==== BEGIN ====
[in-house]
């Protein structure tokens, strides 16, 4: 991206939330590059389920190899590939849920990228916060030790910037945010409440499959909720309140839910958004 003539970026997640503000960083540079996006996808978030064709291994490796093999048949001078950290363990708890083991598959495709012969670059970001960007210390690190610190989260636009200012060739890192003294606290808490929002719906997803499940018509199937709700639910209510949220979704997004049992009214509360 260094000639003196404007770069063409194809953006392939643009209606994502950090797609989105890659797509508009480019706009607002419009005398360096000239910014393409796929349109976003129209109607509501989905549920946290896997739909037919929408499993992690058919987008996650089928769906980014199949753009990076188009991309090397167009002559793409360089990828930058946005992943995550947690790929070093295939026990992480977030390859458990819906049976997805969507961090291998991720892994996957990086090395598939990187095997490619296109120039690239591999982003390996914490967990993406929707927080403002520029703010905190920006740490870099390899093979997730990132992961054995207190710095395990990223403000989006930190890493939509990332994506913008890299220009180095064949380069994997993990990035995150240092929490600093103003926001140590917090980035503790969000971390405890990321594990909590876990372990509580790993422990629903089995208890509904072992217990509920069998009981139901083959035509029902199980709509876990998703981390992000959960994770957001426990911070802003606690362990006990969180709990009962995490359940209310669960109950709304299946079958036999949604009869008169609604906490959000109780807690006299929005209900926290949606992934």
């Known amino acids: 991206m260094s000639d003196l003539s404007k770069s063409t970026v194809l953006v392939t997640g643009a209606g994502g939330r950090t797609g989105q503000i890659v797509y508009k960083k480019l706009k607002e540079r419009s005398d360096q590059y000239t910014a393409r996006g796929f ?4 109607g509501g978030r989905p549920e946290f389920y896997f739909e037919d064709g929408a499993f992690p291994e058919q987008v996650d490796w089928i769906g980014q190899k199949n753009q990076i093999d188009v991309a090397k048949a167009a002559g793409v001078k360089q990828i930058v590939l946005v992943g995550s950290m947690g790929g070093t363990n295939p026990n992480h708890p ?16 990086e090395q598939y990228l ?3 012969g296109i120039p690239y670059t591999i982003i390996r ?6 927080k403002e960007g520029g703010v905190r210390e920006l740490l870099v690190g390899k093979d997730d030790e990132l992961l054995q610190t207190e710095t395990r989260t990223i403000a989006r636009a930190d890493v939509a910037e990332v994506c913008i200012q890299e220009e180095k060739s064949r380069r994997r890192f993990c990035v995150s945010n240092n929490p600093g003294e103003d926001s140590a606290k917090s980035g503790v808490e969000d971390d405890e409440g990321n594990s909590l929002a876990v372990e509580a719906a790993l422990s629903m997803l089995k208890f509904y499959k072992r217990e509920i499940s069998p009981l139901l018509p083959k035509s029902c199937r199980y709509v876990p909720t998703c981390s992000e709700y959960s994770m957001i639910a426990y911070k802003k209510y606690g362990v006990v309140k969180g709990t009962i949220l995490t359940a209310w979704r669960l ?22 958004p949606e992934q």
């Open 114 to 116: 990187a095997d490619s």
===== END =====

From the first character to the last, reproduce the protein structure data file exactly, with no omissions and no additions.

[in-house]
């Protein structure tokens, strides 16, 4: 991206939330590059389920190899590939849920990228916060030790910037945010409440499959909720309140839910958004 003539970026997640503000960083540079996006996808978030064709291994490796093999048949001078950290363990708890083991598959495709012969670059970001960007210390690190610190989260636009200012060739890192003294606290808490929002719906997803499940018509199937709700639910209510949220979704997004049992009214509360 260094000639003196404007770069063409194809953006392939643009209606994502950090797609989105890659797509508009480019706009607002419009005398360096000239910014393409796929349109976003129209109607509501989905549920946290896997739909037919929408499993992690058919987008996650089928769906980014199949753009990076188009991309090397167009002559793409360089990828930058946005992943995550947690790929070093295939026990992480977030390859458990819906049976997805969507961090291998991720892994996957990086090395598939990187095997490619296109120039690239591999982003390996914490967990993406929707927080403002520029703010905190920006740490870099390899093979997730990132992961054995207190710095395990990223403000989006930190890493939509990332994506913008890299220009180095064949380069994997993990990035995150240092929490600093103003926001140590917090980035503790969000971390405890990321594990909590876990372990509580790993422990629903089995208890509904072992217990509920069998009981139901083959035509029902199980709509876990998703981390992000959960994770957001426990911070802003606690362990006990969180709990009962995490359940209310669960109950709304299946079958036999949604009869008169609604906490959000109780807690006299929005209900926290949606992934």
């Known amino acids: 991206m260094s000639d003196l003539s404007k770069s063409t970026v194809l953006v392939t997640g643009a209606g994502g939330r950090t797609g989105q503000i890659v797509y508009k960083k480019l706009k607002e540079r419009s005398d360096q590059y000239t910014a393409r996006g796929f ?4 109607g509501g978030r989905p549920e946290f389920y896997f739909e037919d064709g929408a499993f992690p291994e058919q987008v996650d490796w089928i769906g980014q190899k199949n753009q990076i093999d188009v991309a090397k048949a167009a002559g793409v001078k360089q990828i930058v590939l946005v992943g995550s950290m947690g790929g070093t363990n295939p026990n992480h708890p ?16 990086e090395q598939y990228l ?3 012969g296109i120039p690239y670059t591999i982003i390996r ?6 927080k403002e960007g520029g703010v905190r210390e920006l740490l870099v690190g390899k093979d997730d030790e990132l992961l054995q610190t207190e710095t395990r989260t990223i403000a989006r636009a930190d890493v939509a910037e990332v994506c913008i200012q890299e220009e180095k060739s064949r380069r994997r890192f993990c990035v995150s945010n240092n929490p600093g003294e103003d926001s140590a606290k917090s980035g503790v808490e969000d971390d405890e409440g990321n594990s909590l929002a876990v372990e509580a719906a790993l422990s629903m997803l089995k208890f509904y499959k072992r217990e509920i499940s069998p009981l139901l018509p083959k035509s029902c199937r199980y709509v876990p909720t998703c981390s992000e709700y959960s994770m957001i639910a426990y911070k802003k209510y606690g362990v006990v309140k969180g709990t009962i949220l995490t359940a209310w979704r669960l ?22 958004p949606e992934q």
């Open 114 to 116: 990187a095997d490619s």